Mr. Waterson: The hon. Gentleman certainly was not present for a large part of the Minister's speech.
Mr. Waterson: I am sorry. In that case, I take back what I said.
I do not think that the Law Society has ever had a problem with the "concept" of seller's packs.
There is a lot to be said for putting together a pack of available information before starting to market a property. Many people do it. More and more will, I suspect, whatever happens to the Bill.
The Law Society--I am sure that the Minister will happily concede the point--has been at the forefront in pushing forward electronic conveyancing, in simplifying things and in trying to make the process faster. That would be happening irrespective of today's debate or the Bill, but the Law Society is still fundamentally concerned and opposed to the concept of including matters such as local searches, which may have a three-month shelf life, or survey reports, which also may have a shelf life of only a few months. It has clearly formed its own judgment, as I am sure most people will, on the results of the Bristol pilot scheme. [Interruption.] I shall ignore the ruderies about solicitors.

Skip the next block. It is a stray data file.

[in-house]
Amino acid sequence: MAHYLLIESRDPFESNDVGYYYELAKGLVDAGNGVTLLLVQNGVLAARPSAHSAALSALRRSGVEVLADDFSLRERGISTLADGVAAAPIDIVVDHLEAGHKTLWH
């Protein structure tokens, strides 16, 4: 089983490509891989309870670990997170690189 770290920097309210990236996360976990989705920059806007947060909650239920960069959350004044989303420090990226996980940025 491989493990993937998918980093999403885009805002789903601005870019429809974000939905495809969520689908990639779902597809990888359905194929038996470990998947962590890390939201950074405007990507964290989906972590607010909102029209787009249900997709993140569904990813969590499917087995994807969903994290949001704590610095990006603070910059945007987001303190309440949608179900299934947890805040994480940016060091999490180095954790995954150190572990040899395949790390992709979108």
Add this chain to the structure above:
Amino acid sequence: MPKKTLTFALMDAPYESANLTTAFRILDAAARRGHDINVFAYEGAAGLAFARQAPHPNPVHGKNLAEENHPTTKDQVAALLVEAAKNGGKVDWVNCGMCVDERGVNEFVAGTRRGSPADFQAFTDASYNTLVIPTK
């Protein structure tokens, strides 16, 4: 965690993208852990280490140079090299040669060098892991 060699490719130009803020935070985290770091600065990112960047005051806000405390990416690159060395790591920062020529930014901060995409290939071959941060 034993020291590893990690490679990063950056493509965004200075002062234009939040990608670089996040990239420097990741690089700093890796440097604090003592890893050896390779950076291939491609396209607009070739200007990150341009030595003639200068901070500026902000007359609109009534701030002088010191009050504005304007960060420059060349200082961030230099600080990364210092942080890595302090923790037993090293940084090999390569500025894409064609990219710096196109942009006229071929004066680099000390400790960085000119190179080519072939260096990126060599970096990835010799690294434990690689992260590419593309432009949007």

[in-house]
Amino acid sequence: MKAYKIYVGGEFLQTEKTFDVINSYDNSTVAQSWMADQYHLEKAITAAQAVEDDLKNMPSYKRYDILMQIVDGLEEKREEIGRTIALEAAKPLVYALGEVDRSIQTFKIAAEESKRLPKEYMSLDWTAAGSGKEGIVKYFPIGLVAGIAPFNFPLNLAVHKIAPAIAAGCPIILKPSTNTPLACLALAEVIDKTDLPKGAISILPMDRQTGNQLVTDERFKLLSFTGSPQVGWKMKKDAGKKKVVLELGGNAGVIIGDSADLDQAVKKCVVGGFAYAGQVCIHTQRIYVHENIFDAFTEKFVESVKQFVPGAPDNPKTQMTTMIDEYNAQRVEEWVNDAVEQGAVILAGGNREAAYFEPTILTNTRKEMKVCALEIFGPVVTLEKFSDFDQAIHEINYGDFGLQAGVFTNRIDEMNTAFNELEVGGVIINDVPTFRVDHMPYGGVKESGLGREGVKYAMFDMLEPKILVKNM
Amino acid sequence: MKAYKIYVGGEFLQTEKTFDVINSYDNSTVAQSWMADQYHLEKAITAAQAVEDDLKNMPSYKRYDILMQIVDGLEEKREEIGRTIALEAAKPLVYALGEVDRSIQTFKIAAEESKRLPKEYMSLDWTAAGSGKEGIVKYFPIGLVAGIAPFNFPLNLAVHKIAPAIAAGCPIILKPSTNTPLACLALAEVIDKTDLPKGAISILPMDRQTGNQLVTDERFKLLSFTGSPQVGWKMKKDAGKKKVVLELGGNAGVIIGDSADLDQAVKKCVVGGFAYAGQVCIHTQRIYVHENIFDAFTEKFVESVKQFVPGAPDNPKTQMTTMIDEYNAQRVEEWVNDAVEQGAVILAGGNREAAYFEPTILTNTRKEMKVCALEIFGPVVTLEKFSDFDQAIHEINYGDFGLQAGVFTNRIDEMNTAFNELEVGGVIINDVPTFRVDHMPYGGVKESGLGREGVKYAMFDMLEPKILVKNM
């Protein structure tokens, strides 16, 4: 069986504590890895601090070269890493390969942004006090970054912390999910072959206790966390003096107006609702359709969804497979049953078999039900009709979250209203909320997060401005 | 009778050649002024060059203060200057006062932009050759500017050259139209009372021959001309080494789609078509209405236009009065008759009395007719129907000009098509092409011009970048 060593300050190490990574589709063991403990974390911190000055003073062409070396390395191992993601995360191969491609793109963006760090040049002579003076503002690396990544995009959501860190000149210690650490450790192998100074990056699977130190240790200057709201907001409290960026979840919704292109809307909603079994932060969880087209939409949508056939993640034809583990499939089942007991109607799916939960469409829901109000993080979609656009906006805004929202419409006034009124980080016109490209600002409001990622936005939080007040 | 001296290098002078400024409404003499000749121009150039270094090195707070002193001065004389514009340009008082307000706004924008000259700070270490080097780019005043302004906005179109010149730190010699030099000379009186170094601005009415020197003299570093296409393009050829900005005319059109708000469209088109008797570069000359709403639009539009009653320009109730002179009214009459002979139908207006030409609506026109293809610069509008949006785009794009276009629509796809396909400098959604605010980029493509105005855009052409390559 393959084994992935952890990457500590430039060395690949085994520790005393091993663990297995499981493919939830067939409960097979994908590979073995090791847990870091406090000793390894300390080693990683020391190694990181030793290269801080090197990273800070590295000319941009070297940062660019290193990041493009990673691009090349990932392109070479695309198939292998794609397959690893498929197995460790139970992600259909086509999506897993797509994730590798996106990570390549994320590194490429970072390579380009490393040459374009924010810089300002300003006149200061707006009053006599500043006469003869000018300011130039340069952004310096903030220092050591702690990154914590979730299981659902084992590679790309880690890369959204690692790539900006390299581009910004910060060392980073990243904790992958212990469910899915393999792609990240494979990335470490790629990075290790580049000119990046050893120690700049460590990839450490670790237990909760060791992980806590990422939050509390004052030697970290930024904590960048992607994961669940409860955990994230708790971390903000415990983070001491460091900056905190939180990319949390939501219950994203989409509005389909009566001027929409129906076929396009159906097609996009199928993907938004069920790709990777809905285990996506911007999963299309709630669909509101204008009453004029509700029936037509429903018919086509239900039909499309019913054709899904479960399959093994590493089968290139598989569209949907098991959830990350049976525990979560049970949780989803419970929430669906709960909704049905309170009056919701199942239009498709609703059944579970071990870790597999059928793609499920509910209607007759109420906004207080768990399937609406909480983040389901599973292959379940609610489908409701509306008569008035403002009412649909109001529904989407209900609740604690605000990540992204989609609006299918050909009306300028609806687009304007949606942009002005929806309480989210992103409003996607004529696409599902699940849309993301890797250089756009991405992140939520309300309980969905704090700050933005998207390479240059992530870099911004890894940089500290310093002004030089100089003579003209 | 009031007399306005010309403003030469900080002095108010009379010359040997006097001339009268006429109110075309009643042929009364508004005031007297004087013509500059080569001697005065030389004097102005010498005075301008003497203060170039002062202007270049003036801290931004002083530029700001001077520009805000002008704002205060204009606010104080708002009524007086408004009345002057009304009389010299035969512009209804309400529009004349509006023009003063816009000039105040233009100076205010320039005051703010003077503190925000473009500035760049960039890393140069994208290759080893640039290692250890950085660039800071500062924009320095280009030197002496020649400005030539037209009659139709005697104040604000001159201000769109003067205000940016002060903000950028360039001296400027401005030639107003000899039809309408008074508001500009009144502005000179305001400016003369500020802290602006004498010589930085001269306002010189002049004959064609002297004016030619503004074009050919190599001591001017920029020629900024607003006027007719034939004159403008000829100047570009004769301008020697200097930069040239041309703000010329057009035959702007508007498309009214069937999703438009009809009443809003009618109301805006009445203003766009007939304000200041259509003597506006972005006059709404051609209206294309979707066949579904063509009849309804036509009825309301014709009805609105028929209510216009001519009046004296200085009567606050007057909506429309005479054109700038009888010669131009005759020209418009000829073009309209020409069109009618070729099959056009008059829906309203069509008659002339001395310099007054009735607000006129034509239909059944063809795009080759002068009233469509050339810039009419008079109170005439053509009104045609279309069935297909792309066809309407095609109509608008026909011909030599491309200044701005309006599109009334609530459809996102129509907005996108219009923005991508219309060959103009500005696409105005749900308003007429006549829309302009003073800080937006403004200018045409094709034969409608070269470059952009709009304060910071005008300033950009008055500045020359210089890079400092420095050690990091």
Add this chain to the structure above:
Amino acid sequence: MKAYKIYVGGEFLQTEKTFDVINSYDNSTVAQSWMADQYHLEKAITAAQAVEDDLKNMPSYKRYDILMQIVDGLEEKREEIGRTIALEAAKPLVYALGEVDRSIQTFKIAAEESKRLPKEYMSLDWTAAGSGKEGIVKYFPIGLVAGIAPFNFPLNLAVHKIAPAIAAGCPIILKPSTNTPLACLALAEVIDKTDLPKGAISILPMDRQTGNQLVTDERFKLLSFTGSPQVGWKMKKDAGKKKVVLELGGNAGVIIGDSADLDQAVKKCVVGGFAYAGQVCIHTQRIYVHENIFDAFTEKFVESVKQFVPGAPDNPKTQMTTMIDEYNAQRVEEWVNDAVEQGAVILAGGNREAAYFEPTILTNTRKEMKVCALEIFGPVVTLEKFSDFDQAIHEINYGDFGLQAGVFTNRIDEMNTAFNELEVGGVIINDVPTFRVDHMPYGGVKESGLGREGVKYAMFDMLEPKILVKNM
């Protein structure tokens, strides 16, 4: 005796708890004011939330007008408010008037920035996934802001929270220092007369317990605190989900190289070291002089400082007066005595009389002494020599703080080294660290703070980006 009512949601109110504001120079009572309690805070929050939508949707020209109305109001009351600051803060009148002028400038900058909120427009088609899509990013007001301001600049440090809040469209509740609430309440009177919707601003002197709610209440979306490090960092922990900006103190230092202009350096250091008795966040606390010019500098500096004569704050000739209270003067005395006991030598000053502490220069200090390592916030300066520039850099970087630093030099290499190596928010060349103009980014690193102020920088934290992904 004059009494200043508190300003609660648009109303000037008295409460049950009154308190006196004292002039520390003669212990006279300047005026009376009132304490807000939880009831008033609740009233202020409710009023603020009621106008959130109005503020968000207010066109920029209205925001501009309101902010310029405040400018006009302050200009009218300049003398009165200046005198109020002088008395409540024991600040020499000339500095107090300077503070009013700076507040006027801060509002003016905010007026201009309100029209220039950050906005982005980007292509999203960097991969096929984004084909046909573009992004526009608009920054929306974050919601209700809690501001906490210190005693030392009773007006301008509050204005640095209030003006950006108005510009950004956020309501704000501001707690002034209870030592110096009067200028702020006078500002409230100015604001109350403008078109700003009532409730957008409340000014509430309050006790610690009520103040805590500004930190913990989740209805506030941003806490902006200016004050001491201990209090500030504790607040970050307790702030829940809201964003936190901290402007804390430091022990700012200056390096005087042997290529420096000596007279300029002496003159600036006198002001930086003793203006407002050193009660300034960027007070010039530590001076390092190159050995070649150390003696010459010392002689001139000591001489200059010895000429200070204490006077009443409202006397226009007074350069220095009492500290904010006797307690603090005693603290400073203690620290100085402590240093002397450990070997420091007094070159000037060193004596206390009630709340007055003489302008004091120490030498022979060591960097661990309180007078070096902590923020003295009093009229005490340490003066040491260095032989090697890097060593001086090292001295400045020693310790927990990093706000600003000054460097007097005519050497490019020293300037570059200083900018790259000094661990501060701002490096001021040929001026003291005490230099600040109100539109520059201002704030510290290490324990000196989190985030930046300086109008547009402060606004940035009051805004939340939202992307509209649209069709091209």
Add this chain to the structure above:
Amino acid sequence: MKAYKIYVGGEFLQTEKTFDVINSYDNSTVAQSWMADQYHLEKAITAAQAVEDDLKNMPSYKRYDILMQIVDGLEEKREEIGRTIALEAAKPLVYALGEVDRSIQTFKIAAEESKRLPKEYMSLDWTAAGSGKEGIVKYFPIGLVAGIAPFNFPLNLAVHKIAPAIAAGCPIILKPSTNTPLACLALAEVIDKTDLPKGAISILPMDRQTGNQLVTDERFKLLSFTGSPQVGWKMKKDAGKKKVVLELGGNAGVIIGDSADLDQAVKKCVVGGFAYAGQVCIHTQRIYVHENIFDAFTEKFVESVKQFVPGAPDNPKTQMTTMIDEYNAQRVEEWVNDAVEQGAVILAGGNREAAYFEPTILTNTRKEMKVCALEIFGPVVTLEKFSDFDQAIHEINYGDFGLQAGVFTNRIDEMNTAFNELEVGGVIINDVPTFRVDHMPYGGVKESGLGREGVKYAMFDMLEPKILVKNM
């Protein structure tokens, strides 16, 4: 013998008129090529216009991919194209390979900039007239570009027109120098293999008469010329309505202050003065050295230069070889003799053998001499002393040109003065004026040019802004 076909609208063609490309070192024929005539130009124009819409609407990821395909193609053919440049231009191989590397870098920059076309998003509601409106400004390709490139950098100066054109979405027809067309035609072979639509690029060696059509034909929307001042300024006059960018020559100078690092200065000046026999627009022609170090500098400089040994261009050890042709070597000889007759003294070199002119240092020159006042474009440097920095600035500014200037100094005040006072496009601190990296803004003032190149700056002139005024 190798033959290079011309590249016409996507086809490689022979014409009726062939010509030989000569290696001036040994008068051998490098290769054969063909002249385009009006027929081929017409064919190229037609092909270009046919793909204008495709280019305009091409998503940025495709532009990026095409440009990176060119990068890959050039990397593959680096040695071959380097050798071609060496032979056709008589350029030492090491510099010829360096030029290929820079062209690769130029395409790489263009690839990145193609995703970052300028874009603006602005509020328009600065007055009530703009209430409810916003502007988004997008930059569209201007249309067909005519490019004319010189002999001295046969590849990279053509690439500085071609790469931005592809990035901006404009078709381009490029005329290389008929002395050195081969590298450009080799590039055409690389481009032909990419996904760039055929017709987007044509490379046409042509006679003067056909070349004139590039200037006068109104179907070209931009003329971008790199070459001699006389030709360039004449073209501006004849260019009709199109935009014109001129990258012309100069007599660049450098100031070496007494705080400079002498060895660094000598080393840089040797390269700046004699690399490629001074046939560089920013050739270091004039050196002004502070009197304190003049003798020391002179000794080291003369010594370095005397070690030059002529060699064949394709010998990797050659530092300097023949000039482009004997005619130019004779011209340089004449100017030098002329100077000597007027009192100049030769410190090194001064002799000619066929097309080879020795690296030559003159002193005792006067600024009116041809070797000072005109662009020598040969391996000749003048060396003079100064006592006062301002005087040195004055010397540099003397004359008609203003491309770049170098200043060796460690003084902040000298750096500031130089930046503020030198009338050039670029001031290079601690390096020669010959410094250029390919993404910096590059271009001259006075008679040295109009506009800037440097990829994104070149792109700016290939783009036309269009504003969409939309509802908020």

Mr. Christopher Fraser (Mid-Dorset and North Poole): Unlike the Liberal Democrats, who have no one in the Chamber because they are in fear of being repossessed at the next election, I have read the Law Society briefing. It says:
Mr. Waterson: I am grateful to my hon. Friend for that intervention. I do not think that the Law Society's position could be any clearer, but perhaps if hon. Members on both sides of the House had a copy of the
Michael Coogan, director general of the Council of Mortgage Lenders, said:
The first question must be: why Bristol? It is hardly typical. It has a relatively buoyant property market, with relatively high property values. Many of the properties in the pilot were valued in the £150,000 range or above--not exactly Labour heartlands.